31/07/2018 04:12 BST | Updated 31/07/2018 13:06 BST

Education Secretary Savaged For Rising Inequality As New Fund For Literacy Revealed

Damian Hinds vows to take on 'persistent scandal' of pupils not being able to read.

Education Secretary Damian Hinds has been criticised for presiding over rising inequality as he prepared to make his first major speech on tackling social mobility. 

The minister was due on Tuesday to set out plans aimed at halving the number of children starting school without early speaking or reading skills by 2028.

Attacking the “persistent scandal” that many disadvantaged children begin school unable to read properly, Hinds will gather the expertise of businesses, charities, tech and media, to back a £5m trial in the North of England and hand £6.5m to voluntary groups and £8.5m to councils.

But Hinds came under fire for the existing inequality chasm between children in care and those from the rest of society, with the attainment gap between the most vulnerable and their peers rising in Key Stage One since 2010.

In maths, the attainment gap has risen from 23% to 29%, an increase of over a quarter. In reading, the gap has grown from 23% to 25%, and in writing from 27% to 29%.

Angela Rayner, Shadow Education Secretary, said: “These damning figures show that under this government inequality in our schools is rising; despite all their rhetoric on social mobility the Tories are simply entrenching inequality. 

“The measure of our education system should be the support that it offers to the most vulnerable children, and the steps we take to level the playing field between them and their more affluent peers. Quite simply, the Conservatives are failing this test.”

The proportion of care leavers who are not in education, employment, or training (“NEET”) has also risen since 2010, Labour said.

In 2010, 32% of care leavers were NEETs, but by 2017 this has increased to 40% since 2010.  

Labour’s analysis comes as research shows 28% of four-and-five-year-olds lack the early communication and literacy skills expected by the end of reception year.  

Hinds won the backing of a wide range of public figures for his new plans, however. 

Sir Peter Lampl, chairman of the Education Endowment Foundation, said: “We know that what happens before school starts has a profound impact on a young person’s academic attainment later in life. The Minister is absolutely right to set an ambitious target for closing the early literacy gap by focusing on the home learning environment.” 

Professor Viv Bennett, chief nurse of Public Health England, said: “It’s vital every child gets the best start in life if they are to reach their full potential, and that is why we are pleased to be working with the Department for Education on this excellent work promoting language and literacy at home.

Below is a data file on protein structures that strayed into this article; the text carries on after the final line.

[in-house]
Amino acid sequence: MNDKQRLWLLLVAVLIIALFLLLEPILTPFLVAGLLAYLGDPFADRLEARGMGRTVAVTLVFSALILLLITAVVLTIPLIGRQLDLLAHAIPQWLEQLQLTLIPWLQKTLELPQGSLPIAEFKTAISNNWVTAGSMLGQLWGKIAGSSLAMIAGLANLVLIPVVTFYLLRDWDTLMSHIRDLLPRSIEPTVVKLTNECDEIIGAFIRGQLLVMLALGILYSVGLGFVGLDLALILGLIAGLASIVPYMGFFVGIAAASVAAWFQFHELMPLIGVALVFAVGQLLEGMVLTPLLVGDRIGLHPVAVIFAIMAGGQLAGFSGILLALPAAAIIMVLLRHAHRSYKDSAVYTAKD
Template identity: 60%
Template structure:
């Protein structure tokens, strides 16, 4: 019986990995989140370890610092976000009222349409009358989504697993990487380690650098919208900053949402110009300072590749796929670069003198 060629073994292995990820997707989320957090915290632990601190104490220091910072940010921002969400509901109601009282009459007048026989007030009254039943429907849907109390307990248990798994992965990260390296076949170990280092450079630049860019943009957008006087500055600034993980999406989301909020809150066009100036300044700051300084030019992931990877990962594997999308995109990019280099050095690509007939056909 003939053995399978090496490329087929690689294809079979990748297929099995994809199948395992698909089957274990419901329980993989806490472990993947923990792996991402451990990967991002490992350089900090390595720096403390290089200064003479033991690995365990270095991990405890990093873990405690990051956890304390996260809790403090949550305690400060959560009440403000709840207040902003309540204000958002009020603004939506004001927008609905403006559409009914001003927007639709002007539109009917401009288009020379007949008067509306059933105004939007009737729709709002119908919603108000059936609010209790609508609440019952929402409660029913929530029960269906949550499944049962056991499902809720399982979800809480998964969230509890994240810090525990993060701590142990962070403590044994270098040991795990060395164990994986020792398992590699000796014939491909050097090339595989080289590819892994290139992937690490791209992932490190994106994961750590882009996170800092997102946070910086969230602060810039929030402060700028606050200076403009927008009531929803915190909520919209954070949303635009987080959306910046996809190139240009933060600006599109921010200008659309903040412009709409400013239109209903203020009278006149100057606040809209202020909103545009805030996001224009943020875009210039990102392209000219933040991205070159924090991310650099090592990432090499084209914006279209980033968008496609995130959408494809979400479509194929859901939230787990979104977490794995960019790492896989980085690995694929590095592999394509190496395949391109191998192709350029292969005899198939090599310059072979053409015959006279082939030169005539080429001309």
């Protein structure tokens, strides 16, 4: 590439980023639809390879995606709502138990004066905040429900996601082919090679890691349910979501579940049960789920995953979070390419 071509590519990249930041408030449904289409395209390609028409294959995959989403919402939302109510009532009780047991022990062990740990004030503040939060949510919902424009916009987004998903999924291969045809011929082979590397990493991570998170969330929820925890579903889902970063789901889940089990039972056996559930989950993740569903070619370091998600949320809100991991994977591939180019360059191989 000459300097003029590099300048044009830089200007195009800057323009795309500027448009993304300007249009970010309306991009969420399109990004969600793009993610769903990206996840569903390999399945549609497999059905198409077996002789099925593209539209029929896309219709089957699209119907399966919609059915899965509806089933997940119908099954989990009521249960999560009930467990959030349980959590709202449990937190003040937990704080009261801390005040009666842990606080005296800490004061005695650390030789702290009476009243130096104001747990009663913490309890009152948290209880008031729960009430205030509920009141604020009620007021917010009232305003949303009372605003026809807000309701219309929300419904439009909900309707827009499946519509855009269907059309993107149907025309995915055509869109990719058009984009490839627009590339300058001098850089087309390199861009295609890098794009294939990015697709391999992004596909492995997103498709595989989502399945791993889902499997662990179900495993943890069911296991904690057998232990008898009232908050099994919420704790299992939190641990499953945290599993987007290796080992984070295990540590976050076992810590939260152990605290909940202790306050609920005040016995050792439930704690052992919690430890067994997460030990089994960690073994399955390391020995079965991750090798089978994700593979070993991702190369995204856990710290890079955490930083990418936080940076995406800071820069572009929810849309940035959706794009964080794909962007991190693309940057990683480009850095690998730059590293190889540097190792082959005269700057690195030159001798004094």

“Early speech, language and communication skills provide a foundation for young children to develop, build relationships and socially interact with others and be ready for school.” 

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Shadow Secretary of State for Education, Angela Rayner

Sinéad Rocks, director of Education at the BBC, said: “Exploring ways to improve pre-school language and literacy is at the heart of the BBC’s new education strategy.” 

Jonathan Douglas, director of the National Literacy Trust, said: “We know from our partnerships with places like Middlesbrough and Stoke-on-Trent that a coalition of the public, business and voluntary sector can make a difference to this crucial issue and give every child the foundations in early language and literacy they need to thrive.”

In a speech on Tuesday, Hinds is expected to say: “It is a persistent scandal that we have children starting school not able to communicate in full sentences, not able to read simple words.

“This matters - because when you’re behind from the start you rarely catch up, your peers don’t wait, the gap just widens. This has a huge impact on social mobility. 

“And the truth is that the vast majority of these children’s time is at home.

“Yes, the home learning environment can be, understandably, the last taboo in education policy – but we can’t afford to ignore it when it comes to social mobility.

“I don’t have any interest in lecturing parents here… I know it’s parents who bring up their children, who love them, who invest in them in so many ways, who want the best for their children.

“But that doesn’t mean extra support and advice can’t be helpful.”